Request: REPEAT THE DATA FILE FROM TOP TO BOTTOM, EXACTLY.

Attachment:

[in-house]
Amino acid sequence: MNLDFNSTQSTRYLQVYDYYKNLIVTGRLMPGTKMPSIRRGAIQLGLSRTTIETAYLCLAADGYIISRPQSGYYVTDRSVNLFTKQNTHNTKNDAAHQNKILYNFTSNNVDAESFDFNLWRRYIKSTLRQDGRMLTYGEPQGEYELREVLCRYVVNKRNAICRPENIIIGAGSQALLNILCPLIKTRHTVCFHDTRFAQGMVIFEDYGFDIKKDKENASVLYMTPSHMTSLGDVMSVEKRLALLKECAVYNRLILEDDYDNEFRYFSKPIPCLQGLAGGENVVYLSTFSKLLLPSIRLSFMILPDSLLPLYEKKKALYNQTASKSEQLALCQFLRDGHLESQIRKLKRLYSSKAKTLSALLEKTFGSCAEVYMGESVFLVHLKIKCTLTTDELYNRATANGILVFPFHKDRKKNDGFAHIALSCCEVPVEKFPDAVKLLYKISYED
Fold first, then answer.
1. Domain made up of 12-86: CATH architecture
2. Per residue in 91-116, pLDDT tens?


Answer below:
[in-house]
Amino acid sequence: MNLDFNSTQSTRYLQVYDYYKNLIVTGRLMPGTKMPSIRRGAIQLGLSRTTIETAYLCLAADGYIISRPQSGYYVTDRSVNLFTKQNTHNTKNDAAHQNKILYNFTSNNVDAESFDFNLWRRYIKSTLRQDGRMLTYGEPQGEYELREVLCRYVVNKRNAICRPENIIIGAGSQALLNILCPLIKTRHTVCFHDTRFAQGMVIFEDYGFDIKKDKENASVLYMTPSHMTSLGDVMSVEKRLALLKECAVYNRLILEDDYDNEFRYFSKPIPCLQGLAGGENVVYLSTFSKLLLPSIRLSFMILPDSLLPLYEKKKALYNQTASKSEQLALCQFLRDGHLESQIRKLKRLYSSKAKTLSALLEKTFGSCAEVYMGESVFLVHLKIKCTLTTDELYNRATANGILVFPFHKDRKKNDGFAHIALSCCEVPVEKFPDAVKLLYKISYED
Fold first, then answer.
1. Domain made up of 12-86: CATH architecture
2. Per residue in 91-116, pLDDT tens?